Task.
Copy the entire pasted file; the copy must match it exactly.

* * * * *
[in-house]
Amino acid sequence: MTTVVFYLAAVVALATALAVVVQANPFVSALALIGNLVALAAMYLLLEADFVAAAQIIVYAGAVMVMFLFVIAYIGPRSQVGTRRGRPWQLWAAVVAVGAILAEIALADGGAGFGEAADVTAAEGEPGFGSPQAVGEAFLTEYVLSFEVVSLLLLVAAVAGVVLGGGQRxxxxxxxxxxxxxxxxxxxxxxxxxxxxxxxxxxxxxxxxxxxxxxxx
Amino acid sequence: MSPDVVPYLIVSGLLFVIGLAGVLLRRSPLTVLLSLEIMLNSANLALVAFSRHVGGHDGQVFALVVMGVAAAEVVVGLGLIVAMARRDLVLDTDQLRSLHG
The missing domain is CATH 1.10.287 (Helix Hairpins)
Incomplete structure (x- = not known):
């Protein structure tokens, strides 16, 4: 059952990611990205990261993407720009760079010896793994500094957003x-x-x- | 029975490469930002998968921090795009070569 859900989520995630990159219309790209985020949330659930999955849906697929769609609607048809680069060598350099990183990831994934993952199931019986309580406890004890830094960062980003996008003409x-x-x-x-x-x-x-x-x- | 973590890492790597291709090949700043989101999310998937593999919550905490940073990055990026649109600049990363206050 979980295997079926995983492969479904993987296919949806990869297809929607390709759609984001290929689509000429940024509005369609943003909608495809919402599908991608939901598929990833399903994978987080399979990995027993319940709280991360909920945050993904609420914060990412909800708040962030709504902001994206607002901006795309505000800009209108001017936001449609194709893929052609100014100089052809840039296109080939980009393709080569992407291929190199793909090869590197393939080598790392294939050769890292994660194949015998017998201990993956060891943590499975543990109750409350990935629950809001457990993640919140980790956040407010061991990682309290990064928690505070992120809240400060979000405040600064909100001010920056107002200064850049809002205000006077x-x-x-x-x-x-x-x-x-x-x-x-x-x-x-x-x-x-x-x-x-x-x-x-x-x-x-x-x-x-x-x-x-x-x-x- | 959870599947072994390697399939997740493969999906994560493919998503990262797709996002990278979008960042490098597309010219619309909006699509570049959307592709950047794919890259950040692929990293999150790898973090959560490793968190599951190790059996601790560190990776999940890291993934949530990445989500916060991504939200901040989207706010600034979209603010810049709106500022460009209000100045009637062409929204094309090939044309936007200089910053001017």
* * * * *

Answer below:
[in-house]
Amino acid sequence: MTTVVFYLAAVVALATALAVVVQANPFVSALALIGNLVALAAMYLLLEADFVAAAQIIVYAGAVMVMFLFVIAYIGPRSQVGTRRGRPWQLWAAVVAVGAILAEIALADGGAGFGEAADVTAAEGEPGFGSPQAVGEAFLTEYVLSFEVVSLLLLVAAVAGVVLGGGQRxxxxxxxxxxxxxxxxxxxxxxxxxxxxxxxxxxxxxxxxxxxxxxxx
Amino acid sequence: MSPDVVPYLIVSGLLFVIGLAGVLLRRSPLTVLLSLEIMLNSANLALVAFSRHVGGHDGQVFALVVMGVAAAEVVVGLGLIVAMARRDLVLDTDQLRSLHG
The missing domain is CATH 1.10.287 (Helix Hairpins)
Incomplete structure (x- = not known):
């Protein structure tokens, strides 16, 4: 059952990611990205990261993407720009760079010896793994500094957003x-x-x- | 029975490469930002998968921090795009070569 859900989520995630990159219309790209985020949330659930999955849906697929769609609607048809680069060598350099990183990831994934993952199931019986309580406890004890830094960062980003996008003409x-x-x-x-x-x-x-x-x- | 973590890492790597291709090949700043989101999310998937593999919550905490940073990055990026649109600049990363206050 979980295997079926995983492969479904993987296919949806990869297809929607390709759609984001290929689509000429940024509005369609943003909608495809919402599908991608939901598929990833399903994978987080399979990995027993319940709280991360909920945050993904609420914060990412909800708040962030709504902001994206607002901006795309505000800009209108001017936001449609194709893929052609100014100089052809840039296109080939980009393709080569992407291929190199793909090869590197393939080598790392294939050769890292994660194949015998017998201990993956060891943590499975543990109750409350990935629950809001457990993640919140980790956040407010061991990682309290990064928690505070992120809240400060979000405040600064909100001010920056107002200064850049809002205000006077x-x-x-x-x-x-x-x-x-x-x-x-x-x-x-x-x-x-x-x-x-x-x-x-x-x-x-x-x-x-x-x-x-x-x-x- | 959870599947072994390697399939997740493969999906994560493919998503990262797709996002990278979008960042490098597309010219619309909006699509570049959307592709950047794919890259950040692929990293999150790898973090959560490793968190599951190790059996601790560190990776999940890291993934949530990445989500916060991504939200901040989207706010600034979209603010810049709106500022460009209000100045009637062409929204094309090939044309936007200089910053001017």